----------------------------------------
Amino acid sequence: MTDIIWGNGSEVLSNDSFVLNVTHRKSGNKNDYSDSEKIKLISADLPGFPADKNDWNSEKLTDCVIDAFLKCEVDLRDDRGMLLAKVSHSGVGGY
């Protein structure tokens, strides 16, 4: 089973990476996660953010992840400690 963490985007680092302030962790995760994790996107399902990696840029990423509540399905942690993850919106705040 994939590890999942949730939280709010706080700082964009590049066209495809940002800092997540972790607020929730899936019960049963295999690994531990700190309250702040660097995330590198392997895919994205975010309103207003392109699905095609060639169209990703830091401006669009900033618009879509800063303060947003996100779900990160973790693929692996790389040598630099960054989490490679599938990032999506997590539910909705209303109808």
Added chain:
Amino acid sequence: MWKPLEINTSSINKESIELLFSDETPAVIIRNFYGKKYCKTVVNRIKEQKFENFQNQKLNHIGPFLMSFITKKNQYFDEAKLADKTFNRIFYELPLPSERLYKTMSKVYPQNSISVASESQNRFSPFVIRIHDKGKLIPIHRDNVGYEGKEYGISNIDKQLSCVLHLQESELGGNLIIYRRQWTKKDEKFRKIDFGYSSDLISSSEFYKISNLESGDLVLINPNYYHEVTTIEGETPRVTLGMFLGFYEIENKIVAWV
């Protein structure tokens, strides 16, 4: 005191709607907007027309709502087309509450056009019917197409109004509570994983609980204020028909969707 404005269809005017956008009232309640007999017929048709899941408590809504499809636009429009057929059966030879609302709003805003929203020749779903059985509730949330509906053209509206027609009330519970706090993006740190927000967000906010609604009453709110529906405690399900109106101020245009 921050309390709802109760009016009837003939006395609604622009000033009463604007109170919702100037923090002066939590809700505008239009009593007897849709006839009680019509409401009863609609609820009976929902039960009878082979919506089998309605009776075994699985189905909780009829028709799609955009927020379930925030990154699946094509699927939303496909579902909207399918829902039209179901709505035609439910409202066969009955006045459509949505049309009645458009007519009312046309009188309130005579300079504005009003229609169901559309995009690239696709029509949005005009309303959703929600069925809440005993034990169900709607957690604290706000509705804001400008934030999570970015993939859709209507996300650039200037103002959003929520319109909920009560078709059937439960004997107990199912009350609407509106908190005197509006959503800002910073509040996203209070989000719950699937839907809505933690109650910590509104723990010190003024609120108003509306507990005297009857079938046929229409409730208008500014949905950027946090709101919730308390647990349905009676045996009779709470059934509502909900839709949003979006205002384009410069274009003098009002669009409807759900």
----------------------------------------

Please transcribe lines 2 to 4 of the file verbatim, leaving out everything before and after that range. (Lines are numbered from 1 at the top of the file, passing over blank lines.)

């Protein structure tokens, strides 16, 4: 089973990476996660953010992840400690 963490985007680092302030962790995760994790996107399902990696840029990423509540399905942690993850919106705040 994939590890999942949730939280709010706080700082964009590049066209495809940002800092997540972790607020929730899936019960049963295999690994531990700190309250702040660097995330590198392997895919994205975010309103207003392109699905095609060639169209990703830091401006669009900033618009879509800063303060947003996100779900990160973790693929692996790389040598630099960054989490490679599938990032999506997590539910909705209303109808």
Added chain:
Amino acid sequence: MWKPLEINTSSINKESIELLFSDETPAVIIRNFYGKKYCKTVVNRIKEQKFENFQNQKLNHIGPFLMSFITKKNQYFDEAKLADKTFNRIFYELPLPSERLYKTMSKVYPQNSISVASESQNRFSPFVIRIHDKGKLIPIHRDNVGYEGKEYGISNIDKQLSCVLHLQESELGGNLIIYRRQWTKKDEKFRKIDFGYSSDLISSSEFYKISNLESGDLVLINPNYYHEVTTIEGETPRVTLGMFLGFYEIENKIVAWV